Tuesday, June 20, 2017

Helping Kids Work Things Out

Helping Kids Work Things Out

Picture books
One of the more delicate and often painful developmental tasks
of early childhood is learning how to cope with fights with friends.
Feelings are very intense. Coping strategies are relatively
unformed. And the perspective time brings hasn't had a chance to
develop. Two recent picture books can be very helpful.
Ever play telephone where a line of kids take turns whispering
something into the next person's ear? Chances are the message will
significantly mutate during the retellings. That's the plight of the
feisty protagonist of Liz Rosenberg's What James Said. She's heard by
quite a complex chain that her very best friend--make that her former
best friend--thinks that she thinks she's perfect. Well she's going
to ignore him. But that makes for a very long day.
Jane Yolan's How Do Dinosaurs Stay Friends capitalizes on sense
of humor and fascination with prehistoric beasts. Readers are
presented with the dilemma: "How does a dinosaur keep his best friend
when a terrible fight just might signal the end?" In the first pages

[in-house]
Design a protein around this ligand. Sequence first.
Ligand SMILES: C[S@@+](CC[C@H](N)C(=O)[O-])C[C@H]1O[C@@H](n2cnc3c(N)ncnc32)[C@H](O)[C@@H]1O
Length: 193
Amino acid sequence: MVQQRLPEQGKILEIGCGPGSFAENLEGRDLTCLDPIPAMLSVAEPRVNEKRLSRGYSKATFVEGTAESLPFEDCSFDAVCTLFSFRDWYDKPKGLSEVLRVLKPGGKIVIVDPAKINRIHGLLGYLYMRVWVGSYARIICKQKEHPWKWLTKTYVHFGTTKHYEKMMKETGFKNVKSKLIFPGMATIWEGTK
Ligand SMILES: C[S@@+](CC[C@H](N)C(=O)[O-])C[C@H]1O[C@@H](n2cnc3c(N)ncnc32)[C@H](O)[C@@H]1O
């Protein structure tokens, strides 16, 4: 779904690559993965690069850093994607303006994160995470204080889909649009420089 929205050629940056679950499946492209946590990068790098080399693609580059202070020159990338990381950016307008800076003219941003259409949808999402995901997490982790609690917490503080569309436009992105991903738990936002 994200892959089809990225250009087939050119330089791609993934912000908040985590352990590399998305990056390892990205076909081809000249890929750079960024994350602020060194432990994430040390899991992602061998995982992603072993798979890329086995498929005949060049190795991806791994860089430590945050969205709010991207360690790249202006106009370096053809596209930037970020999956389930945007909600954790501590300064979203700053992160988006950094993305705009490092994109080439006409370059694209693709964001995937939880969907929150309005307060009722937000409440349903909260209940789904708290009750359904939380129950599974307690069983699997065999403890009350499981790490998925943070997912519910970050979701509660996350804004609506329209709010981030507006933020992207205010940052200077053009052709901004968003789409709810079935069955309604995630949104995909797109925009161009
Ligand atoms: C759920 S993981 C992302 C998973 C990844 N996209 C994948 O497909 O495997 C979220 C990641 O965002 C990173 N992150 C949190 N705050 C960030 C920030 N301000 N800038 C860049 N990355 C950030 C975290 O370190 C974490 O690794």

the dinos are seen reacting very badly, much to the consternation of
the human children and teacher observing them. The latter ones show
much better solutions, leading up to, "Good hugs and more
keep a friend, dinosaur."
Both these fine books would make useful additions to school and
public libraries and the private collections of parents like me who
had the audacity to give birth to more than one child.
On a personal note, right after the Village Green dedication and Rick
Charette concert we had Artsapalooza. In venues all over downtown
(restaurants, library, churches, outdoor spaces) we had four sets of
acts. I had Harvest Moon (they make the most delicious soups and
sandwiches) from 7:40. I sang my adaptation of the grinch song:
you're a mean one, Mr. Trump and read a bunch of my poetry. I had a
perfect audience, mostly college and high school students. They were
so enthusiastic, reacting to the elements in my pieces and being easy
to engage in conversation between. I was in seventh heaven. After
they gave me super positive feedback. Even the kitchen staff was
impressed. Like my friend Rick, I know how to captivate an audience.
A great big shout out goes out to all who made Artsapalooza a night to
remember, especially the planners whose diligent behind the scenes
work made the event look effortless.
jules hathaway

Sent from my iPod

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